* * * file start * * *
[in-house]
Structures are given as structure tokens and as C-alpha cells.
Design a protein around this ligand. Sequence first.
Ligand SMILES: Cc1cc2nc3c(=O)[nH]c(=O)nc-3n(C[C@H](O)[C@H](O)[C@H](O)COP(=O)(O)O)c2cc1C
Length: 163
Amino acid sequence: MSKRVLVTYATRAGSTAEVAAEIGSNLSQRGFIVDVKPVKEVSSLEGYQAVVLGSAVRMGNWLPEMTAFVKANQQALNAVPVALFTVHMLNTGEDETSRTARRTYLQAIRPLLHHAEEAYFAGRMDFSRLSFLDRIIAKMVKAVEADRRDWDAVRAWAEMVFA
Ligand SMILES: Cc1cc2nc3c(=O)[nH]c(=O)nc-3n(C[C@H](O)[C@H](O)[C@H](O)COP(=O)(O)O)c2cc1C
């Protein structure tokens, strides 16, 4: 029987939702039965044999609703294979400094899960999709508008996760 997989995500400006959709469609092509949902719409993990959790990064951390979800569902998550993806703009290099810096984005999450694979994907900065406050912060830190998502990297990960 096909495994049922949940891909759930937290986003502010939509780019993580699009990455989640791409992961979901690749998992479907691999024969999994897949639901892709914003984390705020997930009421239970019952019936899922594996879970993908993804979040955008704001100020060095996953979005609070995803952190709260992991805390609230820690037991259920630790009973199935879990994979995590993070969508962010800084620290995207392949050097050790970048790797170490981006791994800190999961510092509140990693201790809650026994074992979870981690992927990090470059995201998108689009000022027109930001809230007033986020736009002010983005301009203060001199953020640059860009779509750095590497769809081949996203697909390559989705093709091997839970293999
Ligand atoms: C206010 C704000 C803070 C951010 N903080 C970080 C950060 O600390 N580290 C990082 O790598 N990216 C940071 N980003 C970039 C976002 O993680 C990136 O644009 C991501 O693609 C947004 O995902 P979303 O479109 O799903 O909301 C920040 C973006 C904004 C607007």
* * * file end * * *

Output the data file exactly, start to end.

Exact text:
[in-house]
Structures are given as structure tokens and as C-alpha cells.
Design a protein around this ligand. Sequence first.
Ligand SMILES: Cc1cc2nc3c(=O)[nH]c(=O)nc-3n(C[C@H](O)[C@H](O)[C@H](O)COP(=O)(O)O)c2cc1C
Length: 163
Amino acid sequence: MSKRVLVTYATRAGSTAEVAAEIGSNLSQRGFIVDVKPVKEVSSLEGYQAVVLGSAVRMGNWLPEMTAFVKANQQALNAVPVALFTVHMLNTGEDETSRTARRTYLQAIRPLLHHAEEAYFAGRMDFSRLSFLDRIIAKMVKAVEADRRDWDAVRAWAEMVFA
Ligand SMILES: Cc1cc2nc3c(=O)[nH]c(=O)nc-3n(C[C@H](O)[C@H](O)[C@H](O)COP(=O)(O)O)c2cc1C
């Protein structure tokens, strides 16, 4: 029987939702039965044999609703294979400094899960999709508008996760 997989995500400006959709469609092509949902719409993990959790990064951390979800569902998550993806703009290099810096984005999450694979994907900065406050912060830190998502990297990960 096909495994049922949940891909759930937290986003502010939509780019993580699009990455989640791409992961979901690749998992479907691999024969999994897949639901892709914003984390705020997930009421239970019952019936899922594996879970993908993804979040955008704001100020060095996953979005609070995803952190709260992991805390609230820690037991259920630790009973199935879990994979995590993070969508962010800084620290995207392949050097050790970048790797170490981006791994800190999961510092509140990693201790809650026994074992979870981690992927990090470059995201998108689009000022027109930001809230007033986020736009002010983005301009203060001199953020640059860009779509750095590497769809081949996203697909390559989705093709091997839970293999
Ligand atoms: C206010 C704000 C803070 C951010 N903080 C970080 C950060 O600390 N580290 C990082 O790598 N990216 C940071 N980003 C970039 C976002 O993680 C990136 O644009 C991501 O693609 C947004 O995902 P979303 O479109 O799903 O909301 C920040 C973006 C904004 C607007």